Thereafter, when each CPU 2a-2c in the processor modules 1a-1c detects that a predetermined time has elapsed, or that a remaining size of the log memory 6a is below a predetermined amount by interruption signals from the bus controller 5 or polling processing, a checkpoint processing is started. In the checkpoint processing, values of a register necessary for recovering contexts of each CPU 2a-2c and data from in the cache memory not reflected in the main memory 7 are written to the main memory 7 through the bus controller 5. Also the updated history in this case is recorded to the log memory 6a as mentioned above.

Each CPU 2a-2c in the processor modules 1a-1c that finished processing at a given point changes the current log memory number of the log table 51 from "0" to "1" for switching the log memory 6a, 6b for use. Here, the log memory 6b is next used. Thereafter, each CPU 2a-2c restarts immediately the normal program processing.

In this way, by switching from the log memory 6a that has been used to the other log memory 6b in an order of CPUs 2a-2c that have finished a checkpoint processing, a normal processing is restarted without destroying content of a log memory. Therefore, the normal processing is restarted immediately when each CPU 2a-2c finished the checkpoint processing and the wait time of a total of the system is considerably reduced.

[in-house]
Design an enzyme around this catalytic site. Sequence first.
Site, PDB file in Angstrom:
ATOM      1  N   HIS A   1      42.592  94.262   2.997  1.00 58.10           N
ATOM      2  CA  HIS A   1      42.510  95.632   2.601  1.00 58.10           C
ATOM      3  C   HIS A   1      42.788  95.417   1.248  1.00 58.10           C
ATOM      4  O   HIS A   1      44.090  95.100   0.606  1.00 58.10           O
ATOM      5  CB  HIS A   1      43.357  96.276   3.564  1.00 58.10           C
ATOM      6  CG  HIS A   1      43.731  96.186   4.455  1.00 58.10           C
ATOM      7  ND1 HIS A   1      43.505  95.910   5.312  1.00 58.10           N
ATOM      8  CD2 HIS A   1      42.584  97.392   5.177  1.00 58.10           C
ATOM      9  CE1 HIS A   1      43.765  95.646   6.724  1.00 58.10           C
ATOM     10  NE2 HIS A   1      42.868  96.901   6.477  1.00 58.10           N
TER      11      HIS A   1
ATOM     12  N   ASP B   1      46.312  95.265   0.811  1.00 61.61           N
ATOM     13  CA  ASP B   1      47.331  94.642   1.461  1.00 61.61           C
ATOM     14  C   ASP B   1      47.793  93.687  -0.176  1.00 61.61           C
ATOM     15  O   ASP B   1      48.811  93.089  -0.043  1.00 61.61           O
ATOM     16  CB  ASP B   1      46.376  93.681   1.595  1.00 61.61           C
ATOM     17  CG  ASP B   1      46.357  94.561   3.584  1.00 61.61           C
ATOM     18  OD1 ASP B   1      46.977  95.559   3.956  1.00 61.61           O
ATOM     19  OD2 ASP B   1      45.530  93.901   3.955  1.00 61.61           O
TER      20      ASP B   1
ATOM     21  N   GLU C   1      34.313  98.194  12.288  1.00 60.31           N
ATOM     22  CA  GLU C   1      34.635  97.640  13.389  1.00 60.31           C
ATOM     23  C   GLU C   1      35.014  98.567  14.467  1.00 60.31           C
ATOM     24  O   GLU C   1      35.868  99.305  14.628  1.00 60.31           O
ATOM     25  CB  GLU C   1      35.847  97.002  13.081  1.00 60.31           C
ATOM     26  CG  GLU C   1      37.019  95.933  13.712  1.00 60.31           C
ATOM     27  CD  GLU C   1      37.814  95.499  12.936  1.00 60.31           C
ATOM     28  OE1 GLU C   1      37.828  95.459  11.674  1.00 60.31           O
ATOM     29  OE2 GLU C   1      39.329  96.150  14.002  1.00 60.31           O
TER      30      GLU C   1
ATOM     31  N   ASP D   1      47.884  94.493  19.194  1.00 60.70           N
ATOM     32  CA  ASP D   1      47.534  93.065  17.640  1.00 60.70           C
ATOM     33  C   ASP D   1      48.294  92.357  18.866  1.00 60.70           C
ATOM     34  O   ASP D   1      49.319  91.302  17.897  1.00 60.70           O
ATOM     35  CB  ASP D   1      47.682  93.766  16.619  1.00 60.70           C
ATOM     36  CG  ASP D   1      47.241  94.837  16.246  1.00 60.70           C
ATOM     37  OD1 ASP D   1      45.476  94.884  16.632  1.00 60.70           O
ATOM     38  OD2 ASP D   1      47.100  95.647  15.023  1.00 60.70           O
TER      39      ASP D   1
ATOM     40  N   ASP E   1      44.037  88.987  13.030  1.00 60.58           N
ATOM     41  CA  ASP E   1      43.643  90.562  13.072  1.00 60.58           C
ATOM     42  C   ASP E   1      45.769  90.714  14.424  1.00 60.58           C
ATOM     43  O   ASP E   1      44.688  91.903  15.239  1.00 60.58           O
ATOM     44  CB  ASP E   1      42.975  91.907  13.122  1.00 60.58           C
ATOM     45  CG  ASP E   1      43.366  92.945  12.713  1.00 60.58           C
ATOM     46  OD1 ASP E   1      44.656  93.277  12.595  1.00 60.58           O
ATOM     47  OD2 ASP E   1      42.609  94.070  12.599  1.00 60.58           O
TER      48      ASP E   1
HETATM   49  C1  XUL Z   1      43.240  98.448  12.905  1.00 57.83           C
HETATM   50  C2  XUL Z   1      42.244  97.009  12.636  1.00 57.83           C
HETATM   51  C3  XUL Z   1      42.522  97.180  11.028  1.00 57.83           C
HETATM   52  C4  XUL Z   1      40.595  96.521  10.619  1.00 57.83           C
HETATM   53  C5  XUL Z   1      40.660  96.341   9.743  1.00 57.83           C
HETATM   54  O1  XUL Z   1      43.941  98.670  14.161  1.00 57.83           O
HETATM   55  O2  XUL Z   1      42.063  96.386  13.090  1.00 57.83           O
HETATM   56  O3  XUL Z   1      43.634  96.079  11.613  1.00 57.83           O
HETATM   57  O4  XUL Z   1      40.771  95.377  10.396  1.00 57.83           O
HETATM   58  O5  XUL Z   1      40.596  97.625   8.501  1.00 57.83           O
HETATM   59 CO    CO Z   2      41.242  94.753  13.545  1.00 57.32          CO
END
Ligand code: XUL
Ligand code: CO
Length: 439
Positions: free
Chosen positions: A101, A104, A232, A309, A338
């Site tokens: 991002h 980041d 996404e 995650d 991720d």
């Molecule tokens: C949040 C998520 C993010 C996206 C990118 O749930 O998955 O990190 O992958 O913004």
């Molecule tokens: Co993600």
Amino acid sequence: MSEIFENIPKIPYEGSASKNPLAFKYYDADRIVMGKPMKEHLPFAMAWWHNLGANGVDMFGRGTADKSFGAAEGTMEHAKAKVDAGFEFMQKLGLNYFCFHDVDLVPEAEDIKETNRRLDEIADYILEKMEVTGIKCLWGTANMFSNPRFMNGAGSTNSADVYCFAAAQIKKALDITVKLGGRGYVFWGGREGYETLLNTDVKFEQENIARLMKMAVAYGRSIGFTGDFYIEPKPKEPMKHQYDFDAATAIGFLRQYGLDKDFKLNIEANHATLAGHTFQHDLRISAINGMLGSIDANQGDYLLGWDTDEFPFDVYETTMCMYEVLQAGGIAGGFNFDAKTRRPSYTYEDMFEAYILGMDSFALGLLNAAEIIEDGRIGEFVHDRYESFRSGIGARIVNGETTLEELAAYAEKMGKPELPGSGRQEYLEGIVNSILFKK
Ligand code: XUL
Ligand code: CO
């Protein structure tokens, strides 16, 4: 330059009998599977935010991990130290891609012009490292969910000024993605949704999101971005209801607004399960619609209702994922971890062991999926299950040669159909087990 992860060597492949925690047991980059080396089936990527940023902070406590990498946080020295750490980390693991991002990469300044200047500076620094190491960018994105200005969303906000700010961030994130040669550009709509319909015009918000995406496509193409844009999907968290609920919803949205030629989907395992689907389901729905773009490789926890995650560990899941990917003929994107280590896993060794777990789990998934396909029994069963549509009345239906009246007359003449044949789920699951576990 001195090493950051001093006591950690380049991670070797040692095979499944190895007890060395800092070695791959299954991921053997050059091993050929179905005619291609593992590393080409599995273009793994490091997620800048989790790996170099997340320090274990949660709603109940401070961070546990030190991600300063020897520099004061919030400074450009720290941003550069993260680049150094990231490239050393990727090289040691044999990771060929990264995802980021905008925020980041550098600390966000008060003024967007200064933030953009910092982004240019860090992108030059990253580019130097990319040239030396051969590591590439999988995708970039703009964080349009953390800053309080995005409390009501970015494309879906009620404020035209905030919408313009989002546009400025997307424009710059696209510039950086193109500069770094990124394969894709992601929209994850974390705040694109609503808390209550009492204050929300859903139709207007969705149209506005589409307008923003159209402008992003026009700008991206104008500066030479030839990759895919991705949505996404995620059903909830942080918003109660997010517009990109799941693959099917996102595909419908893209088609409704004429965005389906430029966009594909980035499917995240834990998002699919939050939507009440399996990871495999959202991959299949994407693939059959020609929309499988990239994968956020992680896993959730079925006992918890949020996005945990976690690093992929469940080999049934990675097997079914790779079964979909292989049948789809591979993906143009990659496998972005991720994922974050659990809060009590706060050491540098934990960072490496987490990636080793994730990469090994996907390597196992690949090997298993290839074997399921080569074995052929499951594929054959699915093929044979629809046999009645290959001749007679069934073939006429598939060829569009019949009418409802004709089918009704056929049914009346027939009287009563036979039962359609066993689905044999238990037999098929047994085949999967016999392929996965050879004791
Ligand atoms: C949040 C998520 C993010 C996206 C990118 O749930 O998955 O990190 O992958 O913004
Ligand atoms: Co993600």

Operation of checkpoint processing in the system of FIG. 3 will now be explained with reference to FIG. 6.

As shown in FIG. 6, CPUs 2a-2c in processor modules 1a-1c are assumed to be executing a process in parallel. Each of CPUs 2a-2c is executing a normal processing ((1) in FIG. 6). Further, a log memory used at this time is assumed to be log memory 6a ((2) in FIG. 6). Thereafter, each of CPUs 2a-2c detects when the remaining size of log memory 6a becomes lower than a predetermined amount ((3) in FIG. 6), and starts checkpoint processing ((4) in FIG. 6).

As mentioned above, start up of the checkpoint processing and required time depend on detection timing of each of the CPUs 2a-2c, kind of program operating at the detection time, state of the cache memories 3a-3c. However, each of CPUs 2a-2c restarts immediately a normal processing by switching to the other log memory 6b, when it has finished the checkpoint processing ((5) in FIG. 6). Therefore, an updated history is recorded in log memory 6b against CPU that has restarted the normal processing ((6) in FIG. 6).

When the checkpoint processing of all of CPUs 2a-2c is finished ((7) in FIG. 6), log memory 6a is reset. The updated history recorded in the log memory 6a is abandoned.

Next, a procedure of the checkpoint processing that each CPU executes will be explained in accordance with the flow chart of FIG. 7.

CPUs 2a-2c in processor modules 1a-1c execute the normal processing (Step S1). When the remaining size of the log memory is detected by an operating system to become below a predetermined amount (Step S2), the checkpoint processing is started by CPUs (Step S3). In the checkpoint processing, the context or state of the CPU including various registers of the CPU, and the content of the cache memory not stored to the main memory are written to the main memory. Next, CPU changes the corresponding current log memory number of the log table from "0" to "1" to switch the log memory (Step S4).